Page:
Picture: 123RF/RAW PIXEL
Picture: 123RF/RAW PIXEL

It is difficult not to agree with two Nedbank corporate finance analysts when they argue that broad-based BEE (B-BBEE) has “had limited success ... in terms of monetising value and transforming ownership to make historically disenfranchised people active participants in the economy” (Broad-based BEE needs tweaking to really work, December 18).

However, the conclusion reached by Zondi Nduli and Greg Rowan — that better, more clever and possibly more intense BEE is required — suggests they have not properly absorbed the lessons of their otherwise good analysis. Their argument is one observers of SA business encounter on an increasing scale and with increasing intensity as the failure of the BEE paradigm becomes apparent.

B-BBEE commissioner Zodwa Ntuli has argued that the problem is “failure to regulate [that is, enforce] the policy”. Duma Gqubule, director of the Centre for Economic Development and Transformation, has suggested that “quotas may be the answer”. President Cyril Ramaphosa himself, in response to then opposition DA leader Mmusi Maimane’s suggestion last year that BEE be scrapped, argued that “now is actually the time to strengthen it”.

Yet, as Nduli and Rowan show, BEE is a failure even in terms of its core goal — putting capital in the hands of black South Africans. They show that of the R317bn in value generated through BEE transactions by the 100 largest listed JSE companies, only R109bn is “unencumbered”. To put this number into some sort of perspective, in 2019 the total market cap of the JSE was R15.88-trillion. Advocates of enhanced BEE need to ask themselves how much damage has already been done, in terms of lost foreign direct Investment, in return for this petty gain (0.32% of the JSE’s market cap).

BEE is a policy that damages the prospects for all, while compensating a small (black) elite. Inequality in SA has actually widened in the period it has been implemented. Indeed, in a competitive capitalist economy the effectively “free” (to the beneficiaries) transfer of equity, whether by third-party funding or vendor arrangements, has the standout effect of distorting incentives. It encourages the brightest and most entrepreneurial of the designated group to grab a slice of the existing pie rather than creating new wealth on their own.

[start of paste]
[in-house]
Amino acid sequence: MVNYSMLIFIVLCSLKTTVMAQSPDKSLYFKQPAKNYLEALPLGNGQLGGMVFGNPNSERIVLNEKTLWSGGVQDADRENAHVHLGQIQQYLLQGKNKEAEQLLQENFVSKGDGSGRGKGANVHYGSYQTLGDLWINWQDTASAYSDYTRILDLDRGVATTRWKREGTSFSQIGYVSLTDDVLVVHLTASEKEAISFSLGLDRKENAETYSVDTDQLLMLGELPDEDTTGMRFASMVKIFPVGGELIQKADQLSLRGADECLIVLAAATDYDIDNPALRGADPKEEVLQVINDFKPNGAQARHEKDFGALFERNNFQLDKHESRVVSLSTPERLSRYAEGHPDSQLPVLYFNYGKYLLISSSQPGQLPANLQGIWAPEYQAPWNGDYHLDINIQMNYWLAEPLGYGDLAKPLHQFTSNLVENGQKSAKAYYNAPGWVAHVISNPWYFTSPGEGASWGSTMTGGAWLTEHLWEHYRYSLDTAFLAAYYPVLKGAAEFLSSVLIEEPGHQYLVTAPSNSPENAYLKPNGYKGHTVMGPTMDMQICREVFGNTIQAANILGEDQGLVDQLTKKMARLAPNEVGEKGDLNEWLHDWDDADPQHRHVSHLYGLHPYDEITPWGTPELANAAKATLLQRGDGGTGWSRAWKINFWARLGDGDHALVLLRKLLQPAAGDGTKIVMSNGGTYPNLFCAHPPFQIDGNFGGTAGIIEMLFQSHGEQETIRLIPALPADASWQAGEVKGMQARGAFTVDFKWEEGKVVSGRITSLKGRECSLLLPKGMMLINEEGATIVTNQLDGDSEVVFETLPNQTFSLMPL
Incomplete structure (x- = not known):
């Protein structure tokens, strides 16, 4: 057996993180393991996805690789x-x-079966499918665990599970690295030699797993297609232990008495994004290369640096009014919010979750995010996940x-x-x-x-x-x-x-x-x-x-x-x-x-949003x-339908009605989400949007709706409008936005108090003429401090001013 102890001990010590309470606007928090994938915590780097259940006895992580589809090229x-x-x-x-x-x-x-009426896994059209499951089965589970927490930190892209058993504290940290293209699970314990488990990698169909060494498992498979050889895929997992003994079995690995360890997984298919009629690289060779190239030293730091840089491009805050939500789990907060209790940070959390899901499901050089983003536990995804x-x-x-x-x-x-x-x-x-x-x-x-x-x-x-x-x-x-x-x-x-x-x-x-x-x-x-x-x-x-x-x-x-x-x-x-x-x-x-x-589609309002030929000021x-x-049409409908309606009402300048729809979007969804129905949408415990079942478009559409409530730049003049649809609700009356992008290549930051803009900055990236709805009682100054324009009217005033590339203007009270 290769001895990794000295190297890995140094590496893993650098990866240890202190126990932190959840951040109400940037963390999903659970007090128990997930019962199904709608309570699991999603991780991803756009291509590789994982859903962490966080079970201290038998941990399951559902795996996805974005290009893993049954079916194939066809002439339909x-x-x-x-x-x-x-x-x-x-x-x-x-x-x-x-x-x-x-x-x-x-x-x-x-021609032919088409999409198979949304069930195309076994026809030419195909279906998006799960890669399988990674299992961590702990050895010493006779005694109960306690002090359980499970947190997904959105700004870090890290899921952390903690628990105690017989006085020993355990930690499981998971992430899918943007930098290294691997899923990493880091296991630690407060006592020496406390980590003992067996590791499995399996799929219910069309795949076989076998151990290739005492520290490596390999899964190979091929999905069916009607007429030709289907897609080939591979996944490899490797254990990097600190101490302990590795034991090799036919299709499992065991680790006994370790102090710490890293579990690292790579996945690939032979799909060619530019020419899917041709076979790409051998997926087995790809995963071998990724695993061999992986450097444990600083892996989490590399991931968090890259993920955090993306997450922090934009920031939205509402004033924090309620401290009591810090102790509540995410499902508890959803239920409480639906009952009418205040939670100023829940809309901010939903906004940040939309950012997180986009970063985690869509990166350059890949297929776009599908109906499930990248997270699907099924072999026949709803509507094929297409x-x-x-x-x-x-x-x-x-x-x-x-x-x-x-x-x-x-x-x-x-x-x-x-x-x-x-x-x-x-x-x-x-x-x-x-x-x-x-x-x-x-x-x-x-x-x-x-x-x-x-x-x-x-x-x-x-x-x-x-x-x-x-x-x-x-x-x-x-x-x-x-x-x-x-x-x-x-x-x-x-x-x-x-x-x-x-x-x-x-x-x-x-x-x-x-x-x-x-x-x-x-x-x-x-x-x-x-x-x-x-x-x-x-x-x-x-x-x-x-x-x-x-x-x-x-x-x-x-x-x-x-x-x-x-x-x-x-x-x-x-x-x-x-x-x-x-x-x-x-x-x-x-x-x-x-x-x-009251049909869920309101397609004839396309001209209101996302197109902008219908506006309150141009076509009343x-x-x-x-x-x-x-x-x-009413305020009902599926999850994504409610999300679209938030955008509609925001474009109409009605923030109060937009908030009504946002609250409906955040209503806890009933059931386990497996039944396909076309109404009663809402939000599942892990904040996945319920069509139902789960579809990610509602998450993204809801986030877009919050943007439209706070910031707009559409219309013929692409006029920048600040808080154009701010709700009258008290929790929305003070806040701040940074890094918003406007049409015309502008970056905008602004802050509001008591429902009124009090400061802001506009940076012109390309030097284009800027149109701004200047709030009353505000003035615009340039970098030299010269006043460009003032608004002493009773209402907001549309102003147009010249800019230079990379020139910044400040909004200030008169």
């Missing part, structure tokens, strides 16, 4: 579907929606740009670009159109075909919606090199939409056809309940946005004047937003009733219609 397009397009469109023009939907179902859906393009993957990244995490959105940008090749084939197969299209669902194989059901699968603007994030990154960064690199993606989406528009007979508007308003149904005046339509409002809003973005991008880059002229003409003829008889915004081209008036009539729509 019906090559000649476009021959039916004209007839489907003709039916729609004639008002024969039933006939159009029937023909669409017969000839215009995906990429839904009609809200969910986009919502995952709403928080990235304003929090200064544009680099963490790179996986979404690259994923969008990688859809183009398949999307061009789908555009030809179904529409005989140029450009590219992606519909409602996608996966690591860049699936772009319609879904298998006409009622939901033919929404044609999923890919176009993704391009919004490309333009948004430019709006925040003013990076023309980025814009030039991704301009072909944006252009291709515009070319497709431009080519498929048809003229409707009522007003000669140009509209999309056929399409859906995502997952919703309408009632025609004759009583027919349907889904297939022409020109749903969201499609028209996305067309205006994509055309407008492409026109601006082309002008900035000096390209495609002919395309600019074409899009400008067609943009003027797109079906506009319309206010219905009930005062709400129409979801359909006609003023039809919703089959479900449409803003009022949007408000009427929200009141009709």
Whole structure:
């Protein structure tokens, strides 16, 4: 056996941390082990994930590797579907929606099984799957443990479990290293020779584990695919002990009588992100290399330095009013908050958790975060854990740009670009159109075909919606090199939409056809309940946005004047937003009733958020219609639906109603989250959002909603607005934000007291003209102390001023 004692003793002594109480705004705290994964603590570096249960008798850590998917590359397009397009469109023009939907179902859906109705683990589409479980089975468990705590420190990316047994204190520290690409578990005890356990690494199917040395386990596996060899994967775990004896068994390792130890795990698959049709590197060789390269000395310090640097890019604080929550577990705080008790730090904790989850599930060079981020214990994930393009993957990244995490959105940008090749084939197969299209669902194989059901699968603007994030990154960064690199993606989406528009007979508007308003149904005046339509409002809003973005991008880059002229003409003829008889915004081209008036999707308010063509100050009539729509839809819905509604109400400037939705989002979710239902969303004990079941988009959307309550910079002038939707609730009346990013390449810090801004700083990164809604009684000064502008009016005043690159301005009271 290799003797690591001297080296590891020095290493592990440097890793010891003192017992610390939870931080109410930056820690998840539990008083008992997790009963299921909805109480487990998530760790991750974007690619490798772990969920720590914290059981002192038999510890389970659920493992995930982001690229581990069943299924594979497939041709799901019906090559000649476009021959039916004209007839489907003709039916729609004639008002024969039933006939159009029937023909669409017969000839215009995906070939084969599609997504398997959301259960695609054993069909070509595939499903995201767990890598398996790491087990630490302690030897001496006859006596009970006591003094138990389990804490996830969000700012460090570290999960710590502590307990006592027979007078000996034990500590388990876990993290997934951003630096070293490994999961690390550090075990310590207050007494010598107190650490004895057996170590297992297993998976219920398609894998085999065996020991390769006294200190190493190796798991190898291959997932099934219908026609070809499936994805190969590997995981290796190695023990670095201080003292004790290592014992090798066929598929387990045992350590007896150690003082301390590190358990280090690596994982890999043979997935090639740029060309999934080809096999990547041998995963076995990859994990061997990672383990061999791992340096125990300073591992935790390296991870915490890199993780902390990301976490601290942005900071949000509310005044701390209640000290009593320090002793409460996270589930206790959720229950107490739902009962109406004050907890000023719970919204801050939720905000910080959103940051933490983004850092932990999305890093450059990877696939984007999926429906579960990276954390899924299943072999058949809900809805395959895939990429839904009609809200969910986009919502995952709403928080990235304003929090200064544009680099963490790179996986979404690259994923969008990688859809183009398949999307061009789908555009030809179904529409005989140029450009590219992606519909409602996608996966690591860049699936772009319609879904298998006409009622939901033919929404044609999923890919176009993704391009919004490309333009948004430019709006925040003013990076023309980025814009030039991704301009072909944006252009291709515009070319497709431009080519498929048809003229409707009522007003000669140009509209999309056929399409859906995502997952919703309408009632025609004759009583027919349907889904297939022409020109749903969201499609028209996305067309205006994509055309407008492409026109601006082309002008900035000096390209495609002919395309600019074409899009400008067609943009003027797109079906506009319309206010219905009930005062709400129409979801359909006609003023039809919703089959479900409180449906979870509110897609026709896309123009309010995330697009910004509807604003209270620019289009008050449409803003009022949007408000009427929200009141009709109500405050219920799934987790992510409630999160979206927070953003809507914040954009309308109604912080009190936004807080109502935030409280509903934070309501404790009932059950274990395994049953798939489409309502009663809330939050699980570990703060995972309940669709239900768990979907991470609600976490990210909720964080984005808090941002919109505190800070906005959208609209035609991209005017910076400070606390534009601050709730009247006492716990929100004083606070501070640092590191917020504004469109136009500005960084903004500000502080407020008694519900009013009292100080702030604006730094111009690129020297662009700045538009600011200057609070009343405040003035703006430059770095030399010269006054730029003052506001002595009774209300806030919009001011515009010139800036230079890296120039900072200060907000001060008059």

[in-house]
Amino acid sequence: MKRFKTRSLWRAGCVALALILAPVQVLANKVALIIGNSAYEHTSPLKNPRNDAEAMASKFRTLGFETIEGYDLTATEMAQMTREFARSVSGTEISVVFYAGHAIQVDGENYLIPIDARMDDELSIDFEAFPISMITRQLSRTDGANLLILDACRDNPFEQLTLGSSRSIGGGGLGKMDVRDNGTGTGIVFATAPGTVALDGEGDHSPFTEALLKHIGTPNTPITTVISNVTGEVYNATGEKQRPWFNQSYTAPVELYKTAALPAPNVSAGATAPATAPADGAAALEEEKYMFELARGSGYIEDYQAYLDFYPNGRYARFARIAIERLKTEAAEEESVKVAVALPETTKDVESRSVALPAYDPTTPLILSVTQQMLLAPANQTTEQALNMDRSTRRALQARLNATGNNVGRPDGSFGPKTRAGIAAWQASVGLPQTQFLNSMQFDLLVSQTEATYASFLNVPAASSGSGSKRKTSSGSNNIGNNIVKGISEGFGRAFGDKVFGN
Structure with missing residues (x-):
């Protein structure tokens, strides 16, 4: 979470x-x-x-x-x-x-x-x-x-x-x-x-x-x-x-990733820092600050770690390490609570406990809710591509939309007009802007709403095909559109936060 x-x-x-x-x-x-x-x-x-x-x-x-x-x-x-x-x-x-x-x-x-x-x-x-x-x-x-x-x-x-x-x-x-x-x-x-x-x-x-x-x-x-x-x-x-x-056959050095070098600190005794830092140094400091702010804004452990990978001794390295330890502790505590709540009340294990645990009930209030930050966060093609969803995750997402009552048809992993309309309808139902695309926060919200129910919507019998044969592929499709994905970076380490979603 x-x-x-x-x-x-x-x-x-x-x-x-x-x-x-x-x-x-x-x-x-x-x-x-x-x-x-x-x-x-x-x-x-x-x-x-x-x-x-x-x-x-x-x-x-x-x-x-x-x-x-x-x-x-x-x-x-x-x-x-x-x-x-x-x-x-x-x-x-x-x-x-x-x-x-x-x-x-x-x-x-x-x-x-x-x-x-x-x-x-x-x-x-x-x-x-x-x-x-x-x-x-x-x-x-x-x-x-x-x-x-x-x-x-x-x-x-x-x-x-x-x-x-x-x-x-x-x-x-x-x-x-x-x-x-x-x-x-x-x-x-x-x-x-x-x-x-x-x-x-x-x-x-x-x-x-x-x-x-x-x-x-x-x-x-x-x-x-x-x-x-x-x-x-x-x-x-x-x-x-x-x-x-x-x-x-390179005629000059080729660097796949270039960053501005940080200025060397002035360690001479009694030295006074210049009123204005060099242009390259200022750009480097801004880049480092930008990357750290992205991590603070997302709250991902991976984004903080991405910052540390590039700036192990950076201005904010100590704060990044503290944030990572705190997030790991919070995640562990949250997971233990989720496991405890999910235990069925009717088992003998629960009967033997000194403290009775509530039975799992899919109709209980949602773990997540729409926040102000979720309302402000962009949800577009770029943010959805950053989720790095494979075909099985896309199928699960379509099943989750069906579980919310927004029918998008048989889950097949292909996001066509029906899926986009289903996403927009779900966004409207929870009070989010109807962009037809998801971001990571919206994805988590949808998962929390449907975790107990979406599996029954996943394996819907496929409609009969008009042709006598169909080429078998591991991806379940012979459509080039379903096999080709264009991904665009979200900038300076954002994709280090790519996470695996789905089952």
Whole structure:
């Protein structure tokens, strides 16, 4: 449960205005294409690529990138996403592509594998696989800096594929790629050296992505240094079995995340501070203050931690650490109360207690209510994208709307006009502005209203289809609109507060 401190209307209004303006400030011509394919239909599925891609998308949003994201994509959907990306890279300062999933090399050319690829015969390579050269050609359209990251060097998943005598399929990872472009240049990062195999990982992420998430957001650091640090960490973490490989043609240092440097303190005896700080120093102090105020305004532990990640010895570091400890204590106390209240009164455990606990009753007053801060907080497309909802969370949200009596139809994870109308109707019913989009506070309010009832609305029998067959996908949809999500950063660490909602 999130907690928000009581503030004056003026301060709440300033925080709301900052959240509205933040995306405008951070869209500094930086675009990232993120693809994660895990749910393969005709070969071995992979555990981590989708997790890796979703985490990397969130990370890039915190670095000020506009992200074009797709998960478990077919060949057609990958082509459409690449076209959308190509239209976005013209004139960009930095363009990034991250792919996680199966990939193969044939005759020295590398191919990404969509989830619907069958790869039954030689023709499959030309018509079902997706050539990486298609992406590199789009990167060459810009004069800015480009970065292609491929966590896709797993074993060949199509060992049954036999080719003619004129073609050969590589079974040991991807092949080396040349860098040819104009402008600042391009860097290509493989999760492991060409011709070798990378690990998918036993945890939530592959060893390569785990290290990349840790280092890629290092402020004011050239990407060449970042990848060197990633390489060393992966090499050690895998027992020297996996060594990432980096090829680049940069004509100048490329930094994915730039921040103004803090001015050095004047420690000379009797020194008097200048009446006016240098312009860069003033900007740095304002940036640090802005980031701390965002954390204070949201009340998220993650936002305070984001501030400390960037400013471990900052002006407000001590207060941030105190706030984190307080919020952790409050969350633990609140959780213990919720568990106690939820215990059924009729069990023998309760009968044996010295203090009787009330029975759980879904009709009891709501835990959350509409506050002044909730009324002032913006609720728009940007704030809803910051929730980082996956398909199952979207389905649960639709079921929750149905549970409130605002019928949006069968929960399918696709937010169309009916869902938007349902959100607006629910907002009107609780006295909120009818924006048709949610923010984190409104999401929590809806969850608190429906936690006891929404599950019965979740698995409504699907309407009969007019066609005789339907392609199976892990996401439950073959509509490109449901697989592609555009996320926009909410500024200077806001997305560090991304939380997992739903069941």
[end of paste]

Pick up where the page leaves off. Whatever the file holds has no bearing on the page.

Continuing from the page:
A new scorecard

This is why the SA Institute of Race Relations (IRR) has advocated a viable alternative: economic empowerment for the disadvantaged (EED). The scorecard we suggest does not simply reward firms that have engaged in a zero-sum game of wealth transfers between designated racial groups, but rewards firms for growing the economy. In our EED model, transfers to the disadvantaged proceed from a growing resource base.  

The simple truth is that the SA social order will be more thoroughly transformed if the hurdles to growth are removed and developments allowed to play out “naturally”. The skills demand of a growing economy will alone account for more transformation than any number of years of forced redistribution through the existing BEE paradigm.

Taking a failed policy and intensifying efforts to implement it is a recipe for disaster. In another context, novelist CS Forester demonstrated this in a powerful metaphor directed at the British generals of World War 1. The attacks they directed had repeatedly failed to penetrate enemy trenches in the face of concentrated machine gun and shellfire.

Their solution was to throw more men and more artillery at the problem, with ever more bloody consequences. Forester likened the generals to a technologically unsophisticated group “striving to extract a screw from a piece of timber by main force, assisted by ever more fulcrums and levers while failing to grasp that simply twisting the screw would remove it with a fraction of the effort”.

Intensifying enforcement of BEE would be like using a hammer to drive in a screw. Better to understand the mechanisms of growth and social mobility and recognise the failings of the policy to date. Then replace it with something a bit more clever, like EED.

David Christianson, SA Institute of Race Relations

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